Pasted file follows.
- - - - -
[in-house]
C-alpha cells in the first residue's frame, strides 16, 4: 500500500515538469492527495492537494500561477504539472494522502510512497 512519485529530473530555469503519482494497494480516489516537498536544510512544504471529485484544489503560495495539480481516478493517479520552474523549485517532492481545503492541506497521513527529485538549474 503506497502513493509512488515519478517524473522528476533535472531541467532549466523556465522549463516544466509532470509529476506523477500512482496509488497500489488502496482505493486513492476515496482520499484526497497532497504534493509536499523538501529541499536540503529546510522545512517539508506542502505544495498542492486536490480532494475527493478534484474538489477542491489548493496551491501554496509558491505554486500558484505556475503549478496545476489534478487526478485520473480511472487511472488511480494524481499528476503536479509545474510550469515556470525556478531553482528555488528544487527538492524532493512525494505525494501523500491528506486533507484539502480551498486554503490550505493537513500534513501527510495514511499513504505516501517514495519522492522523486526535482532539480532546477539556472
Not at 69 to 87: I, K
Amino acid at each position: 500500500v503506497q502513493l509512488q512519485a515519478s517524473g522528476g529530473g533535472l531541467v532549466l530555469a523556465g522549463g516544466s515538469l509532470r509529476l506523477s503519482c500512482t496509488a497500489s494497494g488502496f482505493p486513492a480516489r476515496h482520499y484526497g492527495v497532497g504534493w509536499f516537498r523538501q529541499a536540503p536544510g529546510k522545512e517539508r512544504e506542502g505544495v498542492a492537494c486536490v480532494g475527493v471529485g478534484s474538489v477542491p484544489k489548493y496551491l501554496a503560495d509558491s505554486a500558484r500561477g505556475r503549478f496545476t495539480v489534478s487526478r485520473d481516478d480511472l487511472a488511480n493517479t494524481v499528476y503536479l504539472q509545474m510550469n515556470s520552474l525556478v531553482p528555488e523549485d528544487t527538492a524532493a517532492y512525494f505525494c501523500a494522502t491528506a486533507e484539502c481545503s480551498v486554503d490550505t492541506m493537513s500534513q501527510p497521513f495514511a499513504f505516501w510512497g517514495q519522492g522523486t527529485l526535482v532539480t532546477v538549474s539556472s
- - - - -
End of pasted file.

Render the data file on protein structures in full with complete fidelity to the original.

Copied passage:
[in-house]
C-alpha cells in the first residue's frame, strides 16, 4: 500500500515538469492527495492537494500561477504539472494522502510512497 512519485529530473530555469503519482494497494480516489516537498536544510512544504471529485484544489503560495495539480481516478493517479520552474523549485517532492481545503492541506497521513527529485538549474 503506497502513493509512488515519478517524473522528476533535472531541467532549466523556465522549463516544466509532470509529476506523477500512482496509488497500489488502496482505493486513492476515496482520499484526497497532497504534493509536499523538501529541499536540503529546510522545512517539508506542502505544495498542492486536490480532494475527493478534484474538489477542491489548493496551491501554496509558491505554486500558484505556475503549478496545476489534478487526478485520473480511472487511472488511480494524481499528476503536479509545474510550469515556470525556478531553482528555488528544487527538492524532493512525494505525494501523500491528506486533507484539502480551498486554503490550505493537513500534513501527510495514511499513504505516501517514495519522492522523486526535482532539480532546477539556472
Not at 69 to 87: I, K
Amino acid at each position: 500500500v503506497q502513493l509512488q512519485a515519478s517524473g522528476g529530473g533535472l531541467v532549466l530555469a523556465g522549463g516544466s515538469l509532470r509529476l506523477s503519482c500512482t496509488a497500489s494497494g488502496f482505493p486513492a480516489r476515496h482520499y484526497g492527495v497532497g504534493w509536499f516537498r523538501q529541499a536540503p536544510g529546510k522545512e517539508r512544504e506542502g505544495v498542492a492537494c486536490v480532494g475527493v471529485g478534484s474538489v477542491p484544489k489548493y496551491l501554496a503560495d509558491s505554486a500558484r500561477g505556475r503549478f496545476t495539480v489534478s487526478r485520473d481516478d480511472l487511472a488511480n493517479t494524481v499528476y503536479l504539472q509545474m510550469n515556470s520552474l525556478v531553482p528555488e523549485d528544487t527538492a524532493a517532492y512525494f505525494c501523500a494522502t491528506a486533507e484539502c481545503s480551498v486554503d490550505t492541506m493537513s500534513q501527510p497521513f495514511a499513504f505516501w510512497g517514495q519522492g522523486t527529485l526535482v532539480t532546477v538549474s539556472s